The feeling among all delegates appears to have been that, should an impasse be reached, Hilda would prove to be an excellent arbitrator and would not allow her Celtic leanings to cloud her judgement.

The eventual and highly significant outcome of the synod was that it was resolved that the Roman ways, traditions, beliefs, dress, services and method of calculating the date of Easter would be followed by all the country's churches.

While some leaders of the Celtic church were unhappy with this decision and returned to Ireland or Iona to follow their own ways, others, like Hilda, saw the need for compromise and resolved to support the new regime.

Along with her part in the Synod of Whitby, Hilda is remembered even now for her empathy with one particular lay brother, in essence a labourer who lived with the monks and nuns.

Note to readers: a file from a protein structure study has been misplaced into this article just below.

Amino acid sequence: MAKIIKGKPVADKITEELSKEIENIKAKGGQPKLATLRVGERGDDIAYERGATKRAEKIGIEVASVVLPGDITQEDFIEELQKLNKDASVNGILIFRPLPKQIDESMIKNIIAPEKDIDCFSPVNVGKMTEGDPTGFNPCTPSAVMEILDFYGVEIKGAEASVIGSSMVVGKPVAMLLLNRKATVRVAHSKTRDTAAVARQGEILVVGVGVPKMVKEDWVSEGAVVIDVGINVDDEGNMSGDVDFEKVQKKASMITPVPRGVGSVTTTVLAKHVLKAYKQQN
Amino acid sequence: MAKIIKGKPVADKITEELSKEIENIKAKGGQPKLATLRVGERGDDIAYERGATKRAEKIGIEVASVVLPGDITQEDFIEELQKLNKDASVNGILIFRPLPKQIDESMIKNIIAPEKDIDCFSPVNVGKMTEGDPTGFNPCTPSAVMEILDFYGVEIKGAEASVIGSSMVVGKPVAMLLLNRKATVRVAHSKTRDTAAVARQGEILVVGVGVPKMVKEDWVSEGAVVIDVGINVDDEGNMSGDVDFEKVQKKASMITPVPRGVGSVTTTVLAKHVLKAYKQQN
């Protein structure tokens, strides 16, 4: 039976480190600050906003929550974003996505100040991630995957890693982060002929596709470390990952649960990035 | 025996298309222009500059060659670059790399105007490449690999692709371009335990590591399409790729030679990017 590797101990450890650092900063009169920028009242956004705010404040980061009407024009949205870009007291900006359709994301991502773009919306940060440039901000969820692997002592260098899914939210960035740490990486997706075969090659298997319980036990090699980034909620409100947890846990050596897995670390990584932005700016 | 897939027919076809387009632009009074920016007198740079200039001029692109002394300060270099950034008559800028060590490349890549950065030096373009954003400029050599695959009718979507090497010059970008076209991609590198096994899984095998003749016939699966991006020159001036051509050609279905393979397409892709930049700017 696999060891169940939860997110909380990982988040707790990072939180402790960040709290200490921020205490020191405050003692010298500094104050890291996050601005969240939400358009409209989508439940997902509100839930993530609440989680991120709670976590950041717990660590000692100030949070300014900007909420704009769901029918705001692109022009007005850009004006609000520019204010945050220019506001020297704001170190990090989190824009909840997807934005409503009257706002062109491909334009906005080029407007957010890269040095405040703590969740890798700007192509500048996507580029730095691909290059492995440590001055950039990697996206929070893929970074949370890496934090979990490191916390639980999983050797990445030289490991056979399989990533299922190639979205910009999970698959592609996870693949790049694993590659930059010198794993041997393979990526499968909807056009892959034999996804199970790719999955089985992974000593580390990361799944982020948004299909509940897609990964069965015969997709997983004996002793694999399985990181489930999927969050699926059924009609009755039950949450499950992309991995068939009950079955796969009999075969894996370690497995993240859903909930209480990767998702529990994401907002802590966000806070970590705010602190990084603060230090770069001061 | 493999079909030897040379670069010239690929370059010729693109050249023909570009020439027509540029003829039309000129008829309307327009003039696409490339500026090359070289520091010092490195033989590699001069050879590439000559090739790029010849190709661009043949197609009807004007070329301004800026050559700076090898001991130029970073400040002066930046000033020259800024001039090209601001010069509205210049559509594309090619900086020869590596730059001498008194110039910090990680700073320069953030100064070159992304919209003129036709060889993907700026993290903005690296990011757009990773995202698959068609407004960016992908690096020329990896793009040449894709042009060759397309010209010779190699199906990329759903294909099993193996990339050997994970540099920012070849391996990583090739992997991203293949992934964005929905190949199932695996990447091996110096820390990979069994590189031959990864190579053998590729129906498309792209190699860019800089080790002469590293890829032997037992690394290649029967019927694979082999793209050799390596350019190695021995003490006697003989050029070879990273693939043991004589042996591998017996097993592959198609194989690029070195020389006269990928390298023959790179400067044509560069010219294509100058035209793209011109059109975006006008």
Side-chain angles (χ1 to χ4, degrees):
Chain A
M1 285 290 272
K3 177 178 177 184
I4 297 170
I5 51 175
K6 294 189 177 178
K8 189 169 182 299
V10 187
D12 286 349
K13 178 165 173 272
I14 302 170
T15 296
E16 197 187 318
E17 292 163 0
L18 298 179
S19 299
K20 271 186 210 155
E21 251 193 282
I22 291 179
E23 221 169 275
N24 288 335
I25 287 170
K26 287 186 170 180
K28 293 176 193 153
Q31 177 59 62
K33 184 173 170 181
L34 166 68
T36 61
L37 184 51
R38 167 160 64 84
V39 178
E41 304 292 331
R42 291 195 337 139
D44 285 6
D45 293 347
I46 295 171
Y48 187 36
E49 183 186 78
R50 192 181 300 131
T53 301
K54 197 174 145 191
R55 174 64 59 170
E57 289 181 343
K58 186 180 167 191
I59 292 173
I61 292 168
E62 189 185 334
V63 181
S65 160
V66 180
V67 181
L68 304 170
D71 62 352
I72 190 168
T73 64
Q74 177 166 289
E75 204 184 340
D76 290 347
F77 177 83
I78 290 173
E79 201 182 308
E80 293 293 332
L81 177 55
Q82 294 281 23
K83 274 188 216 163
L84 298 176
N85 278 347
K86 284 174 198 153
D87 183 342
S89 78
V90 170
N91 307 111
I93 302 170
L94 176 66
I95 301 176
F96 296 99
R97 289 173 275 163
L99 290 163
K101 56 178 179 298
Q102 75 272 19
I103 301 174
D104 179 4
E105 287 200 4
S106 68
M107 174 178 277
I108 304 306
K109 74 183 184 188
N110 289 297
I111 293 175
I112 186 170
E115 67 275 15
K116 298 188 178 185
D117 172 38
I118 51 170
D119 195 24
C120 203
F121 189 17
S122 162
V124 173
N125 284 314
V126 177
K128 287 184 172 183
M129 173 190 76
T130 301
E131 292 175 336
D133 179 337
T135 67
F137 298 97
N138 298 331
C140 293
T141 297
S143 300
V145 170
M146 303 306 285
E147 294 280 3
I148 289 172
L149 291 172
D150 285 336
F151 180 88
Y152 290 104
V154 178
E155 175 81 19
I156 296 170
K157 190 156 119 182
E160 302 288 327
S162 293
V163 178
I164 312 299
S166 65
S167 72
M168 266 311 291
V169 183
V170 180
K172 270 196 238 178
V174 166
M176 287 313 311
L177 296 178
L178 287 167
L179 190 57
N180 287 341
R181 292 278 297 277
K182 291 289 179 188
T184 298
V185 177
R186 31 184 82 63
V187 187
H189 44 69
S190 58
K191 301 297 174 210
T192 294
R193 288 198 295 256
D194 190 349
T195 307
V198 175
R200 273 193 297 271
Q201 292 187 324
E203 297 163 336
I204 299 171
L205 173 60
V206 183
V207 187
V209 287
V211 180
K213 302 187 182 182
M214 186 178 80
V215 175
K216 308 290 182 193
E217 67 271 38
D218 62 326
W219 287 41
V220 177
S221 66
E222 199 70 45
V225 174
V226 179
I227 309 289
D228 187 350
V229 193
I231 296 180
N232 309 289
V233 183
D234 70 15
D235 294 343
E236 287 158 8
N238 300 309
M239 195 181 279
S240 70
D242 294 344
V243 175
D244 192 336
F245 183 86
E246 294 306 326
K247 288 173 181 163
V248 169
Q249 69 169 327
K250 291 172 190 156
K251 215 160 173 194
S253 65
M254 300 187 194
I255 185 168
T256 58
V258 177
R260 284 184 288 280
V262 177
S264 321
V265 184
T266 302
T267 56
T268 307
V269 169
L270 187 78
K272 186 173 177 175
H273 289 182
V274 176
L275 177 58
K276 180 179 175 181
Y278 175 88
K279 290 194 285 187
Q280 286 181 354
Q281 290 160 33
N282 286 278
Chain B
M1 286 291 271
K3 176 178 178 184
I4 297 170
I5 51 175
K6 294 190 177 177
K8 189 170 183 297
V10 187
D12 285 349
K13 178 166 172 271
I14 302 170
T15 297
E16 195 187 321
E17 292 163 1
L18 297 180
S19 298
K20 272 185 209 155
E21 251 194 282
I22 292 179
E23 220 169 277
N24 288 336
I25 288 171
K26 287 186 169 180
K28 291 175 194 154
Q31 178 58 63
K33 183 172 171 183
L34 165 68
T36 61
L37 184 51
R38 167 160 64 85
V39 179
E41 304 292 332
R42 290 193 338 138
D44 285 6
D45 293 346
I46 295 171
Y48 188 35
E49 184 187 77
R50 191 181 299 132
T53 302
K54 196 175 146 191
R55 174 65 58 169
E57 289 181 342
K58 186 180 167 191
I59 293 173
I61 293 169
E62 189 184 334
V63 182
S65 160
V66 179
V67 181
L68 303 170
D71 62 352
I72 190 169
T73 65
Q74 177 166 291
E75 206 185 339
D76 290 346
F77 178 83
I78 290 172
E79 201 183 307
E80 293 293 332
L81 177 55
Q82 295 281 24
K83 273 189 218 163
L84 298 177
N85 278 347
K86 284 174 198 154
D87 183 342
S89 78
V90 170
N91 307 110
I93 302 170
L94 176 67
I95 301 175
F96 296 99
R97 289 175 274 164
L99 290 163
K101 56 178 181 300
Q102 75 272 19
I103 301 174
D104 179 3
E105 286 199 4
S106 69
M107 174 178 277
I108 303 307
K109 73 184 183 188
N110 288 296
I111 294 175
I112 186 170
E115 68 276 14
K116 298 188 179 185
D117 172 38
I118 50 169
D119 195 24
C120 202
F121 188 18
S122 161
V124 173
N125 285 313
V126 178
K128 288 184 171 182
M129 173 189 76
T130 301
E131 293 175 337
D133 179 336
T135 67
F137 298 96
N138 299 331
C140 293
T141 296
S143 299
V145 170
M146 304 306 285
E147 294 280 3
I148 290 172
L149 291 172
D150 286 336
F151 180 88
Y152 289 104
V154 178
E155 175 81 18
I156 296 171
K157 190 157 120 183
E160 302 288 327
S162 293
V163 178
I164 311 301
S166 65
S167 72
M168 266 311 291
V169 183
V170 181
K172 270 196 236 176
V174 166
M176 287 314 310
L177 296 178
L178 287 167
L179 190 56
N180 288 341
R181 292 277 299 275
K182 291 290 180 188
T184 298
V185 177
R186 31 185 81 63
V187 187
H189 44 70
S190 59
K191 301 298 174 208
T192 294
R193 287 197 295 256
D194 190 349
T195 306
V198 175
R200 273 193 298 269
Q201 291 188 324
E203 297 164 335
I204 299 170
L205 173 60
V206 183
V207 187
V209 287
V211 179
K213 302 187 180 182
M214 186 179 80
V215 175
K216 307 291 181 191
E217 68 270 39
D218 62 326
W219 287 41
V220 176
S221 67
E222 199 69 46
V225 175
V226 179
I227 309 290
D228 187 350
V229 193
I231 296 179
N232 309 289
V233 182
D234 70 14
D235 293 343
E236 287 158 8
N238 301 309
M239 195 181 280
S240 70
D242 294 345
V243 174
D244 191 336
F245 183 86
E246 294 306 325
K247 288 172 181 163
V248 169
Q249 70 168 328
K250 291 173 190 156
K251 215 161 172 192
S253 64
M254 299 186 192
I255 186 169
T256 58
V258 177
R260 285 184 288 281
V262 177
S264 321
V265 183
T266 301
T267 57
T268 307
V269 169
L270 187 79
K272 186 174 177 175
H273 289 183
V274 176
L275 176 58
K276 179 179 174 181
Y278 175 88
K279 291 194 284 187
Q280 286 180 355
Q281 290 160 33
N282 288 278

His name was Caedmon.

Again, posterity has the Venerable Bede to thank for being the only original source for this story.

Caedmon was a herdsman.

One particular evening while the monks were singing, playing the harp and generally enjoying themselves, he slipped quietly away, knowing that they would ask him to join in.

He knew no songs or poems and was completely unmusical.

It was something Caedmon had done many times before, but this time when he fell asleep he was spoken to in a dream by a stranger, who asked him to sing and showed him how to write a poem praising God as the creator of heaven and earth.

ON waking the next morning, he could remember and recite the poem perfectly and showed off his newly acquired gift to his supervisor.